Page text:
What is the role of business in making the world a better place?

“There are so many things that businesses can and should do. They should practice diverse, inclusive hiring and promotion. They should seize every opportunity to do right by their clients. They should evaluate success based on their positive impact.”


16. Jane Wurwand, 60

Found and Chief Visionary, Demalogica
Carson, CA

Skin care might not seem like the most obvious mechanism for changing the world, but it’s worked well for Jane Wurwand. In 1983, the UK native came to the US and saw a huge opportunity for offering better training and a focus on health in the booming professional skin care industry. She and her husband first built a training institute (The International Dermal Institute), then a product line (Dermalogica) to empower salon professionals and owners to offer customers a skin regimen based on education, personalization, and human touch rather than pretty packaging, miracle claims, or an outdated beauty paradigm. Today Dermalogica, which was acquired by Unilever in 2015, sells its products through small salons in over 100 countries. By selling products through professionals and offering education through 40 training centers worldwide, Wurwand’s initiatives have helped cultivate female entrepreneurs globally — the salon industry is 64 percent women-owned and is a blueprint for women’s entrepreneurial success. In 2011, Wurwand pushed the company’s commitment to women’s small businesses a step further when she launched the Financial Independence Through Entrepreneurship initiative to help women and girls around the world access education, vocational training, loans, and leadership opportunities. To date, the program has helped fund more than 91,000 loans and has given educational scholarships to women and girls in 15 countries.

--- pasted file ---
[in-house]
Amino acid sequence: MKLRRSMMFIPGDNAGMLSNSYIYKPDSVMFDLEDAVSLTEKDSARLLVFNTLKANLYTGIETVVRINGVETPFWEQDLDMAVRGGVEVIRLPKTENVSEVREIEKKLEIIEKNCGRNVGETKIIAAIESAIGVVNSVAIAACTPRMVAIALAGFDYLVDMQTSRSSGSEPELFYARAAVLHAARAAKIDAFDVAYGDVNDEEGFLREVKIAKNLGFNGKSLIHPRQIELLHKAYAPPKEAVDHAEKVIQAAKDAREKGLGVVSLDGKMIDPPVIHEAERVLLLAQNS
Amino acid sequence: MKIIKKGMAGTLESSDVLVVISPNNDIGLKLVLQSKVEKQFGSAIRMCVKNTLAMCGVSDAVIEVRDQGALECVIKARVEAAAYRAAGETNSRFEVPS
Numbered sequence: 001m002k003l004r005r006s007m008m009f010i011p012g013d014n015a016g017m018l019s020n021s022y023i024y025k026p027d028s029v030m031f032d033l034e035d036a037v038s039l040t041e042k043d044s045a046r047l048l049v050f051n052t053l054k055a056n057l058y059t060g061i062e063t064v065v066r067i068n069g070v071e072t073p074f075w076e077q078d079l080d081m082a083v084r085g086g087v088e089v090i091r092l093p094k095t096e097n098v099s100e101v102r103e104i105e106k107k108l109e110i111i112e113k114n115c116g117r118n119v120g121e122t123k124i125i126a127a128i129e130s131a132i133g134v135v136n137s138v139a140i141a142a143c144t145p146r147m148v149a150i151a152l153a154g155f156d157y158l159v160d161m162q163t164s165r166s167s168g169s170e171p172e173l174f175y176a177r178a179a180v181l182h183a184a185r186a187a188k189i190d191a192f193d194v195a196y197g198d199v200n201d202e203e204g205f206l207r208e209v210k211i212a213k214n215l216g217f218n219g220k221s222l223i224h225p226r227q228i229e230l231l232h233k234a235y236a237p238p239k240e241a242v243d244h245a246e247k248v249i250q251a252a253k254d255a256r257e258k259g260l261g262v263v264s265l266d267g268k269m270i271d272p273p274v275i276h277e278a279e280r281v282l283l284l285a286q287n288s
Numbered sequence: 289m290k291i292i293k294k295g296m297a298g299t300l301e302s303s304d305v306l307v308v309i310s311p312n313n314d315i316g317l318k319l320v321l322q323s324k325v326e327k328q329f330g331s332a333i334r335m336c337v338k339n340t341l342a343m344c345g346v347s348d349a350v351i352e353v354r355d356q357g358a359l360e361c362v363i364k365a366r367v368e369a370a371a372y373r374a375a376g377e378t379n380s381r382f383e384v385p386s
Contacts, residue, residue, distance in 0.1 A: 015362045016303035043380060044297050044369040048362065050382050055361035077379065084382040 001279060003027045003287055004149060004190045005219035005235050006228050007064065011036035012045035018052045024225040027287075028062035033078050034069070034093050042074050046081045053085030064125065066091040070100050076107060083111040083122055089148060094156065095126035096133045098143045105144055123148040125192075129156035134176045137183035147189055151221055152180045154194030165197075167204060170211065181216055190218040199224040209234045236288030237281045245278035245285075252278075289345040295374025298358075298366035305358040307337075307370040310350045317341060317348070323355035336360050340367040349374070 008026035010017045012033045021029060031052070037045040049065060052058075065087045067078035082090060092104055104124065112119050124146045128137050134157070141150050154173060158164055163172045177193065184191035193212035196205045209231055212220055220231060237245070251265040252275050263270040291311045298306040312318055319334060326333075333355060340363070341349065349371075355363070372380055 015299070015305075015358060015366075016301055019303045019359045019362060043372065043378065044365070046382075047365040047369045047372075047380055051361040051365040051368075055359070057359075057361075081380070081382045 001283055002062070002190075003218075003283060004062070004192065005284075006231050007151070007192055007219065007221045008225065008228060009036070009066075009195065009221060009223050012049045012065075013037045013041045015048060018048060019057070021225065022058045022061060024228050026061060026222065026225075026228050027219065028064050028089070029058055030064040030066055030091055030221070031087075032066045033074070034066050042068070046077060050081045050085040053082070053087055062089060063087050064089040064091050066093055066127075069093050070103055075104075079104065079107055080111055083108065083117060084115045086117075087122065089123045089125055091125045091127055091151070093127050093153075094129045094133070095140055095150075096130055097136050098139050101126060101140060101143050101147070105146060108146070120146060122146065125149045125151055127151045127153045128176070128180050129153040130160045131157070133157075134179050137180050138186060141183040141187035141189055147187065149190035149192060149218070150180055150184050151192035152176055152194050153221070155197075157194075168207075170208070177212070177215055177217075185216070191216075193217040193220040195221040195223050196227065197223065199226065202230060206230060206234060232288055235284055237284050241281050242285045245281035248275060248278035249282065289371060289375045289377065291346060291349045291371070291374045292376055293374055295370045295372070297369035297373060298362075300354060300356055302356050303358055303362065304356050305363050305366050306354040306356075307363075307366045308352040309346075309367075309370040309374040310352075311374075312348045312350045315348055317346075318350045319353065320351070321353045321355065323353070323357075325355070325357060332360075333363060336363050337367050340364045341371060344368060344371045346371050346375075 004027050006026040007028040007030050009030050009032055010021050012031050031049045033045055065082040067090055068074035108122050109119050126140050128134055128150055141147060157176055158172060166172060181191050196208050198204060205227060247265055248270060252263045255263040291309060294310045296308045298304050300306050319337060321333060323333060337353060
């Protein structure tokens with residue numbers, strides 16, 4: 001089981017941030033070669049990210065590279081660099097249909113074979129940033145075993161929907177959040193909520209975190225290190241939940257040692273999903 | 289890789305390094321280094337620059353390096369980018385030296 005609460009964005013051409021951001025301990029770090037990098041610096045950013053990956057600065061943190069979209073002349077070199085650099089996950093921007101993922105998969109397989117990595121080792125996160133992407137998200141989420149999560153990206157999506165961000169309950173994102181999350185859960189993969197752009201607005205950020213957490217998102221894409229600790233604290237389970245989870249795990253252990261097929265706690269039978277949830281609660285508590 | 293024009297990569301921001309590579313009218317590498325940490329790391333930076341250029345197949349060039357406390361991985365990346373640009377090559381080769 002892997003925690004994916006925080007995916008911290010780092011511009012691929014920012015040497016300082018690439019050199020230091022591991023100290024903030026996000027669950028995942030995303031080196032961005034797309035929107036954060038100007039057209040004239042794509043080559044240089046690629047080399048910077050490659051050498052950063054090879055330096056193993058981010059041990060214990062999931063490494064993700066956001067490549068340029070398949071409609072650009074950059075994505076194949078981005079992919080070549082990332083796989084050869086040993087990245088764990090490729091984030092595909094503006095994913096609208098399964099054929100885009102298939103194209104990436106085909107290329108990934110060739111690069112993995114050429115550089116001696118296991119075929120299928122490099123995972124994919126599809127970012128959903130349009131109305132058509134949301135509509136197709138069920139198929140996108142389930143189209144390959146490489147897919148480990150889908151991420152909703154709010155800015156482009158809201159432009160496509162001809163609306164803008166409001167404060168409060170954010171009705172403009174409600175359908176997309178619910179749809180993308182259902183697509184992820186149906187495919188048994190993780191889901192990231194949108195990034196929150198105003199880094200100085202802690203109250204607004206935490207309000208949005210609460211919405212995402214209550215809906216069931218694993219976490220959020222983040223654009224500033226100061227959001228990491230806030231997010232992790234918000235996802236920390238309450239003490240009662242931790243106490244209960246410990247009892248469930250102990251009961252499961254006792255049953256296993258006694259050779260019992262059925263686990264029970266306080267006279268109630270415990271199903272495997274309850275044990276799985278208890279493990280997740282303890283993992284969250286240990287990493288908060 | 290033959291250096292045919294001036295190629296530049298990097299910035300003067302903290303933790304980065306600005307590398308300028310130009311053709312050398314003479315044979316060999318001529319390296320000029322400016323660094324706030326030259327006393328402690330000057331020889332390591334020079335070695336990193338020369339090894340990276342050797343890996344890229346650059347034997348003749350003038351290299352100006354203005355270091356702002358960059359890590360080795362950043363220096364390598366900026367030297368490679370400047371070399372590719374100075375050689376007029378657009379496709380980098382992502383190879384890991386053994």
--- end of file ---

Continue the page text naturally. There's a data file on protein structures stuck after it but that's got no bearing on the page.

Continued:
Now, Wurwand is finding her voice as a leader in the entrepreneurial philanthropy world, pushing common-sense approaches to investing in education and apprenticeship as pathways to entrepreneurship. Rising Tide Capital founder Alfa Demmellash describes Wurwand as “a woman who is fully in her purpose,” helping spread a heart-centered kind of entrepreneurship and the empowerment that comes with it to women as far and wide as possible.

What makes a good leader?

“A leader has empathy to be able to understand the other person’s point of view and seeks a negotiation that reaches a win–win solution. It’s not about getting the best deal, it’s about reaching a solution where everyone walks away feeling they got the most out of the end result. A leader is decisive; armed with enough information needed to make the hard decision, they do it. A leader has vision and takes the team on the journey with a clear compass, value system, and inspirational message.”

What is the role of business in making the world a better place?

“I believe in three Ps — people, planet, and profits — in that order. We have a responsibility and a huge opportunity to use our business platforms as a voice and our resources to fund and collaborate for positive change.”

What’s giving you hope?

“This new generation is what I call ‘the Giving Generation.’ Unlike the Boomers, they are not just focused on ambition and financial success, and they intend to change the world though a shared economy and empathetic social impact. This is a generation of community and social media and their connectedness gives me hope and huge excitement to empower them!”


17. Kesha Cash, 40

Founder and General Partner of Impact America Fund
Oakland, CA